At the request of the Federal Trade Commission, a federal judge has ordered two persons to pay more than $49 million for their role in a Canada-based scheme that duped American businesses into paying for business directories and listings they did not order.
Bernard Fromstein and Judy Provencher are the remaining defendants in the Datacom Marketing, Inc. case, which was part of an international effort against cross-border fraud. (See press release dated May 23, 2006) Unlike their co-defendants, the pair did not agree to settlements of the charges against them.
Under a default judgment entered against Fromstein and Provencher on May 7, they are barred from misrepresenting that consumers have a preexisting business relationship, that consumers have agreed to purchase business directories or listings in directories, or that consumers owe money for business directories or listings in directories. They are also barred from violating the Telemarketing Sales Rule, and from misrepresenting, or failing to disclose, any fact material to a consumer’s decision to purchase or use any product or service. In addition, during outbound telephone calls, they are barred from failing to disclose the seller’s identity, the call’s purpose is to sell goods or services, and the nature of the goods or services.
The order bars the pair from selling, renting, or otherwise disclosing personal information about anyone whose information was obtained in their scheme, and from benefiting from that information. They are also barred from collecting payment for any business directory or listing on accounts established before the order was issued. The order also waives all of their rights to approximately $470,000 worth of uncashed checks from consumers.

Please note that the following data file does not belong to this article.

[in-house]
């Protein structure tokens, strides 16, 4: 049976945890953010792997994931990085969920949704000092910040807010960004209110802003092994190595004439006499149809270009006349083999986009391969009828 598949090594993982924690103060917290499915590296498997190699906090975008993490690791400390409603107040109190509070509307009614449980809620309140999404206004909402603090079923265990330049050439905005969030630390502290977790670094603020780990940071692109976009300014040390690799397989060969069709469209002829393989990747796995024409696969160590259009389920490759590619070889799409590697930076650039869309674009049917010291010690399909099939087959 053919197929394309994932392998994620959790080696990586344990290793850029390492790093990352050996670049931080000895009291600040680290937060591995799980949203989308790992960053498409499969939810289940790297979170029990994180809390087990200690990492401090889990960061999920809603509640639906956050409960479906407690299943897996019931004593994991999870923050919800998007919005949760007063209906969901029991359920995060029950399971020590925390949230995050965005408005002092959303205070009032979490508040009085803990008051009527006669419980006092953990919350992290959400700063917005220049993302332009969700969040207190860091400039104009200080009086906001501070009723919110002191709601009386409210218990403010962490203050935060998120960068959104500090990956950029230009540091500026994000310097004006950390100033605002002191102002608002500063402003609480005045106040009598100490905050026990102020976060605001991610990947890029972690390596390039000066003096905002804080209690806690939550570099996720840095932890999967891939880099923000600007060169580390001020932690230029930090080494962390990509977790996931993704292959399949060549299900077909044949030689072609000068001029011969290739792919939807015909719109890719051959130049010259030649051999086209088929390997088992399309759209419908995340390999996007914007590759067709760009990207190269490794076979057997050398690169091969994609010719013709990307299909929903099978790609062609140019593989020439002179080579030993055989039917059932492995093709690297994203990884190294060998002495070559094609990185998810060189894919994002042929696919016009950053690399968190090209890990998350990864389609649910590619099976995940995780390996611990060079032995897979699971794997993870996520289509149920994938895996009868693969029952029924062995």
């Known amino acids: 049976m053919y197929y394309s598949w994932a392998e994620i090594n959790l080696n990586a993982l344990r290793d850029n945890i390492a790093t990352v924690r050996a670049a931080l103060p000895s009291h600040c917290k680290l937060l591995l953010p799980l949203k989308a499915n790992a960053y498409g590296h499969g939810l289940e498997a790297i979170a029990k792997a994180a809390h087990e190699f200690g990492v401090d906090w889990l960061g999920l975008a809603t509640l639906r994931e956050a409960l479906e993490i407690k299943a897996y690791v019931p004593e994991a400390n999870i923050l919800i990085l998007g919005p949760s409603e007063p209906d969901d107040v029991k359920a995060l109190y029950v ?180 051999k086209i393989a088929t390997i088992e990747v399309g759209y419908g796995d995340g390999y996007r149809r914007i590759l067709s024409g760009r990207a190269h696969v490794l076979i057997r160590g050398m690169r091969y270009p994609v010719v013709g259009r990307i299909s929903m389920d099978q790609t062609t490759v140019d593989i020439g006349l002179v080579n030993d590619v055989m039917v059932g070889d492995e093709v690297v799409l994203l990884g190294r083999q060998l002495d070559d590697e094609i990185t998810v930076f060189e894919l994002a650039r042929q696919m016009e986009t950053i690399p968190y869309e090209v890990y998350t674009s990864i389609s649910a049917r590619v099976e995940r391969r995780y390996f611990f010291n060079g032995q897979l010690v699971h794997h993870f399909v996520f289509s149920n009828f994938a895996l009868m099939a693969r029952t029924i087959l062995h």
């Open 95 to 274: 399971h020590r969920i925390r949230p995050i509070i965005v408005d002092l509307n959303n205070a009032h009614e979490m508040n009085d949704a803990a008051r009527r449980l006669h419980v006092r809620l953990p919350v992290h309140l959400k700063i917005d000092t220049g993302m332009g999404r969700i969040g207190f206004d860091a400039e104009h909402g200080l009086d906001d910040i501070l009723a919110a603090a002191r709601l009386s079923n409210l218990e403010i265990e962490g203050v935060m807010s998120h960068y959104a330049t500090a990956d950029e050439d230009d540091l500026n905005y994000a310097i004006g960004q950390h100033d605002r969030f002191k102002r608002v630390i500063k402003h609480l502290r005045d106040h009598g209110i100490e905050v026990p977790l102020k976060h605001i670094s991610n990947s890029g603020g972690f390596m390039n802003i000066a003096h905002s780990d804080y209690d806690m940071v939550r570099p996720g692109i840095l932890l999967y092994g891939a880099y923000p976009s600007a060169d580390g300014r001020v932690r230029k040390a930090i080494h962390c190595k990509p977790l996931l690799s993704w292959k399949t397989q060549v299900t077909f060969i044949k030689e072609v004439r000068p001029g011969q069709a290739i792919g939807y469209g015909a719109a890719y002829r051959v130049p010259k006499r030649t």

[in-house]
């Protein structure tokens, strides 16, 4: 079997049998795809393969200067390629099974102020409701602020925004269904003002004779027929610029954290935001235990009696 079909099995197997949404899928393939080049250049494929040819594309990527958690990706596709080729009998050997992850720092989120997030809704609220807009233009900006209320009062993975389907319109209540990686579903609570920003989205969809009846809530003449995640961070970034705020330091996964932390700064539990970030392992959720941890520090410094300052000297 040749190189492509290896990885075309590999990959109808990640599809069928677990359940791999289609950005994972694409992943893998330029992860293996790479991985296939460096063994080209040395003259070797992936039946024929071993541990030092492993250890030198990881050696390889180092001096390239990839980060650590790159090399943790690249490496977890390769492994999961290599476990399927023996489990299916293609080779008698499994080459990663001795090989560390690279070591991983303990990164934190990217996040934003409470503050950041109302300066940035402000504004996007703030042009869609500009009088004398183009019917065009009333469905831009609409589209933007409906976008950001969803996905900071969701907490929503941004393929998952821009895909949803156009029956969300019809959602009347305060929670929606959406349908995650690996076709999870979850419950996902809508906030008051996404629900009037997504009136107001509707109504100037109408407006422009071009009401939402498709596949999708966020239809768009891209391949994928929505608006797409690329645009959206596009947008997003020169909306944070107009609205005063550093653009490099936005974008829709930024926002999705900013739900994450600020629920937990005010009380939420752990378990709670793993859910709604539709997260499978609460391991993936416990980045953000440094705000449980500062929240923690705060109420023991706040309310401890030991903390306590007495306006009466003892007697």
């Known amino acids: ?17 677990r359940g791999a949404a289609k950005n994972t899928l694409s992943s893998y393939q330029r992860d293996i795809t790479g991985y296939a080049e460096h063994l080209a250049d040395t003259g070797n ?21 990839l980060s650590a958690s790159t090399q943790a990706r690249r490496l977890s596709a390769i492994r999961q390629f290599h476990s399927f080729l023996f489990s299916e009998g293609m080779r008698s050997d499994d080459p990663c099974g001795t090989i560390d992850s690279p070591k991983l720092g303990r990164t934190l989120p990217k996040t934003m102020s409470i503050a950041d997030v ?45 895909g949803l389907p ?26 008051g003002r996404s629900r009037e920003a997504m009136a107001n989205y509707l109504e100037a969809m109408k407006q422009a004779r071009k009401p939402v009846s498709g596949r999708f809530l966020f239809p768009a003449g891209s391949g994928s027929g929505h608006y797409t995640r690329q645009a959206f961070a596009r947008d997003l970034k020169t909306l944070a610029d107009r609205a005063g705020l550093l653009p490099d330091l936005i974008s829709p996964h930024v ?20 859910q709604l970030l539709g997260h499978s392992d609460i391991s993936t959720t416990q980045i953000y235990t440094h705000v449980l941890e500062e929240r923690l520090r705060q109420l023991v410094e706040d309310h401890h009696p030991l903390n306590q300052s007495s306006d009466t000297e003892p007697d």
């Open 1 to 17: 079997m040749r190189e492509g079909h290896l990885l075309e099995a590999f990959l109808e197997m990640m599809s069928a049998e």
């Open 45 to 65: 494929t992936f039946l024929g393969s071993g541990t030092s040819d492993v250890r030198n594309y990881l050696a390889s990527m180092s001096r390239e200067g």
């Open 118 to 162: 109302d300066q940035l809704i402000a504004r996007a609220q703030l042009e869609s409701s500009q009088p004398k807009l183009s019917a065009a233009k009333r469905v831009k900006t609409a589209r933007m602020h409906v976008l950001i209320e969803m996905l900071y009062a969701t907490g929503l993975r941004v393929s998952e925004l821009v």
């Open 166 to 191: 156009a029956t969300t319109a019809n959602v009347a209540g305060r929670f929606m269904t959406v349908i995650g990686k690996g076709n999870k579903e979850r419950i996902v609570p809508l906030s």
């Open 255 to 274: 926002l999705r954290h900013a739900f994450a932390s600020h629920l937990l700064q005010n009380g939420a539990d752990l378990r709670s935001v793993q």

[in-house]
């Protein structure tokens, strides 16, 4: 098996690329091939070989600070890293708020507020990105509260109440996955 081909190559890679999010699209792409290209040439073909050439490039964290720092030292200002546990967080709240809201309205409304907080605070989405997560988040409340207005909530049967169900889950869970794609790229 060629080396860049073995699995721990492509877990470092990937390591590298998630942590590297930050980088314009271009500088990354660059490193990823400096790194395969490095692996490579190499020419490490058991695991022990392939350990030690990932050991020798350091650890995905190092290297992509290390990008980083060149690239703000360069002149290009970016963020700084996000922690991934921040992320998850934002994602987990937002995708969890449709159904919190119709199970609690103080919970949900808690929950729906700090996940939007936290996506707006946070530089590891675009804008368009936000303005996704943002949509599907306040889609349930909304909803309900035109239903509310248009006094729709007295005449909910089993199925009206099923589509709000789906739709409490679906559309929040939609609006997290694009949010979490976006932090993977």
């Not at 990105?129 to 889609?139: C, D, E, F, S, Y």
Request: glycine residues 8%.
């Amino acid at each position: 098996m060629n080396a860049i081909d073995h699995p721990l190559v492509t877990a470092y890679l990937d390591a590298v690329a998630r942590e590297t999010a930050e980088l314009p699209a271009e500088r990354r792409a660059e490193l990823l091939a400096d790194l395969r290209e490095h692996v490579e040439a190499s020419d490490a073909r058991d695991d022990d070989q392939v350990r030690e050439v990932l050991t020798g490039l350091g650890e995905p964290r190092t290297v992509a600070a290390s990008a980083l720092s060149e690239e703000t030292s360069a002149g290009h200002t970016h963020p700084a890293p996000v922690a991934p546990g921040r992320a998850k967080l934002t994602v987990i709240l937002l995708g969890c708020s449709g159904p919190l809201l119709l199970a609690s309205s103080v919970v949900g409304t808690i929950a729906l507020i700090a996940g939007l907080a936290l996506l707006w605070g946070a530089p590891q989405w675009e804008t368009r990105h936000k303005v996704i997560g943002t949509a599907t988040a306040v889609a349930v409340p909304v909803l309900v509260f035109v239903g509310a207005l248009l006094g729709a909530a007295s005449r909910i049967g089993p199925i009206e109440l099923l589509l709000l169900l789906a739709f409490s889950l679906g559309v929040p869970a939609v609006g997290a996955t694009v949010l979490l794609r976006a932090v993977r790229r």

The order includes a $49,235,402 judgment against Fromstein and Provencher for consumer injury, as well as record-keeping provisions to allow the FTC to monitor compliance with the court’s order.
This case was brought with the assistance of the United States Postal Inspection Service, Canada’s Competition Bureau in Vancouver, British Columbia, the Service de Police de la Ville de Montréal, and the Toronto Strategic Partnership. The Toronto Strategic Partnership consists
of the FTC, Competition Bureau Canada, the Toronto Police Service Fraud Squad, the U.S. Postal Inspection Service, the Ontario Ministry of Government Services, the Ontario Provincial Police Anti-Rackets Section, the Royal Canadian Mounted Police, and the United Kingdom’s Office of Fair Trading.
The order for permanent injunction and final default judgment was entered in the U.S. District Court for the Northern District of Illinois, Eastern Division.
Copies of the order are available from the FTC’s Web site at http://www.ftc.gov and from the FTC’s Consumer Response Center, Room 130, 600 Pennsylvania Avenue, N.W., Washington, D.C. 20580. The FTC works for the consumer to prevent fraudulent, deceptive, and unfair business practices in the marketplace and to provide information to help consumers spot, stop, and avoid them. To file a complaint in English or Spanish or to get free information on any of 150 consumer topics, call toll-free, 1-877-FTC-HELP (1-877-382-4357), or use the complaint form at http://www.ftc.gov/ftc/complaint.htm. The FTC enters Internet, telemarketing, identity theft, and other fraud-related complaints into Consumer Sentinel, a secure, online database available to more than 1,600 civil and criminal law enforcement agencies in the U.S. and abroad.